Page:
The registers of the slaves of St. Kitts have been awarded ‘Memory of the World’ status by the United Nations Educational, Scientific and Cultural Organization (UNESCO), in recognition of their outstanding universal value. With their inscription on the ‘Memory of the World’ register, the registers, held by the National Archives of St Kitts, join the ranks of some of the world’s most significant documentary heritage.
The UNESCO ‘Memory of the World’ international register is a catalogue of documentary heritage of global significance and outstanding universal value. It is the documentation equivalent to the world heritage site list. The program promotes the preservation of these valuable, often hidden assets, and encourages institutions to provide access to them either in the original format or as microfilms of digitized items. The Program was launched in 1992 and features historical items and documents from over 60 countries.
The inscription covers registers of slaves of the Caribbean which survive in St. Kitts, Bahamas, Belize, Dominica, Jamaica, Trinidad and Tobago and the United Kingdom. The importance of this inscription lies in the fact that the register was the first time that any effort was made to record the enslaved population of the region. It was based on the idea of lawyer James Stephen who had spent several years in St. Kitts and who worked fervently to end enslavement on his return to England. Aware that the abolition of the slave trade in 1807 was going to be difficult to enforce, Stephen suggested that the keeping of a register would provide the colonial authorities with a means to control smuggling. Every time a census of the enslaved was taken, two copies of the register were made. One remained in the colony that compiled it and the other was sent to the Colonial Office in London. As can be seen by the relatively small number of Caribbean countries that joined the nomination, not all of the registers survived in the region. Many fell victim to the hot, humid climate, the hurricanes, fires and other man-made disasters. Two of the registers in St. Kitts are in a very fragile state while the very first register which dates from 1817 needs to be rebound.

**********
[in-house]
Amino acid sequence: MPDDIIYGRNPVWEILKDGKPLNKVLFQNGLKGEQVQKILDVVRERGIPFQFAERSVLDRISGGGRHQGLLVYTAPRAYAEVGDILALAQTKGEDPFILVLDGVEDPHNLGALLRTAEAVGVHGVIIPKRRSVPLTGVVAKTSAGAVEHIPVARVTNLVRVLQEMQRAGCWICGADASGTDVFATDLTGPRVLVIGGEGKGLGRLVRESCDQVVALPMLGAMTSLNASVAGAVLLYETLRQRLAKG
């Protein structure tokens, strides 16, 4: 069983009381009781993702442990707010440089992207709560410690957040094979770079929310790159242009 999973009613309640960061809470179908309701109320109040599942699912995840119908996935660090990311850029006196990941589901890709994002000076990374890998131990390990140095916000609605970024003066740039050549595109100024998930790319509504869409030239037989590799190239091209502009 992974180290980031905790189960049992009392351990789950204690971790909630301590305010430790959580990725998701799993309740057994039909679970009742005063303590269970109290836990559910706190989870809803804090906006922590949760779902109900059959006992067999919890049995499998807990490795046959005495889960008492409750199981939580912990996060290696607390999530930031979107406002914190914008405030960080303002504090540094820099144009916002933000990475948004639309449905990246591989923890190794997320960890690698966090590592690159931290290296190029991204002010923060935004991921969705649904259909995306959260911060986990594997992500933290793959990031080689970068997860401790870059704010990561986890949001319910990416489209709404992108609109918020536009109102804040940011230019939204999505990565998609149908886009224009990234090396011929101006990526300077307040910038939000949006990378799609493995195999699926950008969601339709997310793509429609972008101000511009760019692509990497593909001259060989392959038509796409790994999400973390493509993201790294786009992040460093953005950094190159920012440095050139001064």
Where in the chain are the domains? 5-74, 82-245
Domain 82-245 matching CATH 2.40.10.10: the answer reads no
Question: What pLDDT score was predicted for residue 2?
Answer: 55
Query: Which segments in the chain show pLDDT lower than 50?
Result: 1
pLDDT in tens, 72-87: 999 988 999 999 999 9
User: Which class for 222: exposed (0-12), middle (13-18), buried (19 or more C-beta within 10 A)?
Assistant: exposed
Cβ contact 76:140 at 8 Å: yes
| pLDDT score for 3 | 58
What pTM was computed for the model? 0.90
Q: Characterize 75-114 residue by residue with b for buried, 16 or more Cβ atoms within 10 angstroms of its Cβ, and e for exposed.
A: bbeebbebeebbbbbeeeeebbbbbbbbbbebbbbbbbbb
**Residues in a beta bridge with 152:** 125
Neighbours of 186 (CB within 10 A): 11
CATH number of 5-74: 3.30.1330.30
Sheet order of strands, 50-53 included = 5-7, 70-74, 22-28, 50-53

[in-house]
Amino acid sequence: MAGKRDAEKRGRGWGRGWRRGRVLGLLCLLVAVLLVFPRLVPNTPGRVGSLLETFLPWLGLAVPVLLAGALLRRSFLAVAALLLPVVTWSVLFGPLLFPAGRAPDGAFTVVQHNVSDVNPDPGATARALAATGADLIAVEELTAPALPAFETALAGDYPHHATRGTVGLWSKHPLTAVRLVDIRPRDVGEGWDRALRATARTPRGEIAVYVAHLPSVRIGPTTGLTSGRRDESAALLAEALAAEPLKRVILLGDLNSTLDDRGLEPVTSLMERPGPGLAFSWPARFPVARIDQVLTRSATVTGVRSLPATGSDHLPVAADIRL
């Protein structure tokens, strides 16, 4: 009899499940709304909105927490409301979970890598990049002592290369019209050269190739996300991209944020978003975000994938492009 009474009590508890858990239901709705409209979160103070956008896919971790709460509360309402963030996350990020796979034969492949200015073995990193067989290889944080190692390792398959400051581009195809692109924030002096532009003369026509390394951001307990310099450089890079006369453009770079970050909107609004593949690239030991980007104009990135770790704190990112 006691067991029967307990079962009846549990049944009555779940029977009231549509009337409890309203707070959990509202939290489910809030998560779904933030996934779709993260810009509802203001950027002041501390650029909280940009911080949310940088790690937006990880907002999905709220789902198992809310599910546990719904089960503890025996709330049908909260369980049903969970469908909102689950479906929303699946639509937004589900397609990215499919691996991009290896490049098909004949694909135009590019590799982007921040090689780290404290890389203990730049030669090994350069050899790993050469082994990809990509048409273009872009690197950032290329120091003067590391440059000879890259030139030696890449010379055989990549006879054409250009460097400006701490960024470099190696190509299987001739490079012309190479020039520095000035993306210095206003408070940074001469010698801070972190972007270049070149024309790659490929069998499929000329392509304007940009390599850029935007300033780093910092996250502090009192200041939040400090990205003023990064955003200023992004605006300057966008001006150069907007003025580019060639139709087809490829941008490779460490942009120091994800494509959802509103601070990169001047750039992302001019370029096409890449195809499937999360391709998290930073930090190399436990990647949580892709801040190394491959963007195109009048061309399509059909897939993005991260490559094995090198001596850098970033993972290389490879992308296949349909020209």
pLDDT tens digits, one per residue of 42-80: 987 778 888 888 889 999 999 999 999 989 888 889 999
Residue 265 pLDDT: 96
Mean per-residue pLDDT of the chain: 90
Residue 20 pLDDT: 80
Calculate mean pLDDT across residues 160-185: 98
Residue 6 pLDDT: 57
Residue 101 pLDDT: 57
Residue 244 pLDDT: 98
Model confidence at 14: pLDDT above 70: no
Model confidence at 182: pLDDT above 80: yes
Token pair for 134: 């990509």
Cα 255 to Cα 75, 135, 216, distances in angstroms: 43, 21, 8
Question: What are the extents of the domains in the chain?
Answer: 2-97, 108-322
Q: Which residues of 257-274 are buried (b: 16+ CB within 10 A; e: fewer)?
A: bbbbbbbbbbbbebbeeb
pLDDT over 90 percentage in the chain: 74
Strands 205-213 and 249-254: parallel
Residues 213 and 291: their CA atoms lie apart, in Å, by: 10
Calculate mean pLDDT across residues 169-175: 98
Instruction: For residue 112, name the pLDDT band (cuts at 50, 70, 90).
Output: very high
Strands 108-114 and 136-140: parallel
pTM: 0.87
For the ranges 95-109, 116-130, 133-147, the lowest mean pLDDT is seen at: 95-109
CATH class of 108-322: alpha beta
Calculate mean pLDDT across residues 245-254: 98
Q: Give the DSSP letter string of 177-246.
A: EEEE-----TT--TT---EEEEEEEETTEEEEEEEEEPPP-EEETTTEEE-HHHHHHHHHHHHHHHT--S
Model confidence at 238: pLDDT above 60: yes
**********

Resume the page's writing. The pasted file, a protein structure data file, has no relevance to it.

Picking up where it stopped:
Historian Victoria O’Flaherty said the designation process, a long-time dream of hers, began in 2007. “I’ve been at the archives for 13 years and I always thought it would be a good idea to apply to UNESCO for ‘Memory of the World’ status. I finally decided to go ahead with it two years ago and I heard Dominica was also pursuing that goal,” said O’Flaherty. “We then made it a regional project, and the memory inscription includes not just registers from St. Kitts, but also those from Dominica, Belize, Jamaica, and Trinidad and Tobago.” She highlighted the benefits of the designation, which she said included greater historical awareness by nationals and easier access to funding for preservation of historical material. “So many persons are unaware of the breadth of information that is available in the archives…I hope this achievement compels them to come and learn about their heritage. I also hope it can facilitate the conservation that is so urgently needed, and encourage the preservation of the valuable archival collection that is already housed at the archives and the housing of collections that remain in so many unsafe locations around the island.”